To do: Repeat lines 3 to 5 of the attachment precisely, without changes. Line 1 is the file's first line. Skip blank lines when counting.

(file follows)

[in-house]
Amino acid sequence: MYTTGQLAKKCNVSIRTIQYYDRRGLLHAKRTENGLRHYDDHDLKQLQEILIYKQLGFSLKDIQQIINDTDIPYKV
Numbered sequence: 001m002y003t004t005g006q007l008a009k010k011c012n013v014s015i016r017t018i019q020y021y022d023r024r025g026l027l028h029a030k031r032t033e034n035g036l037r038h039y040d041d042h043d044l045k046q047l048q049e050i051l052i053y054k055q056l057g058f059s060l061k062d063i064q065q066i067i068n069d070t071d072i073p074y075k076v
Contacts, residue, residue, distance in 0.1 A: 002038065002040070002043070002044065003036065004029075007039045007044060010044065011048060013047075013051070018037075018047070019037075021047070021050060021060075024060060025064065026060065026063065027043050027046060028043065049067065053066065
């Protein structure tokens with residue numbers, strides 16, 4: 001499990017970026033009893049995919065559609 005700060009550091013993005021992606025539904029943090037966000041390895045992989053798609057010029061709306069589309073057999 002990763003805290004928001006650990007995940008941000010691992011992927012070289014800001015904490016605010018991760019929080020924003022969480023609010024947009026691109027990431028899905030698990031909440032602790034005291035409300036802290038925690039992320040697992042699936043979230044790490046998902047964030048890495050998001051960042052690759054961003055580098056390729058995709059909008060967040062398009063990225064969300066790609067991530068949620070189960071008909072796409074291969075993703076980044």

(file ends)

Numbered sequence: 001m002y003t004t005g006q007l008a009k010k011c012n013v014s015i016r017t018i019q020y021y022d023r024r025g026l027l028h029a030k031r032t033e034n035g036l037r038h039y040d041d042h043d044l045k046q047l048q049e050i051l052i053y054k055q056l057g058f059s060l061k062d063i064q065q066i067i068n069d070t071d072i073p074y075k076v
Contacts, residue, residue, distance in 0.1 A: 002038065002040070002043070002044065003036065004029075007039045007044060010044065011048060013047075013051070018037075018047070019037075021047070021050060021060075024060060025064065026060065026063065027043050027046060028043065049067065053066065
């Protein structure tokens with residue numbers, strides 16, 4: 001499990017970026033009893049995919065559609 005700060009550091013993005021992606025539904029943090037966000041390895045992989053798609057010029061709306069589309073057999 002990763003805290004928001006650990007995940008941000010691992011992927012070289014800001015904490016605010018991760019929080020924003022969480023609010024947009026691109027990431028899905030698990031909440032602790034005291035409300036802290038925690039992320040697992042699936043979230044790490046998902047964030048890495050998001051960042052690759054961003055580098056390729058995709059909008060967040062398009063990225064969300066790609067991530068949620070189960071008909072796409074291969075993703076980044």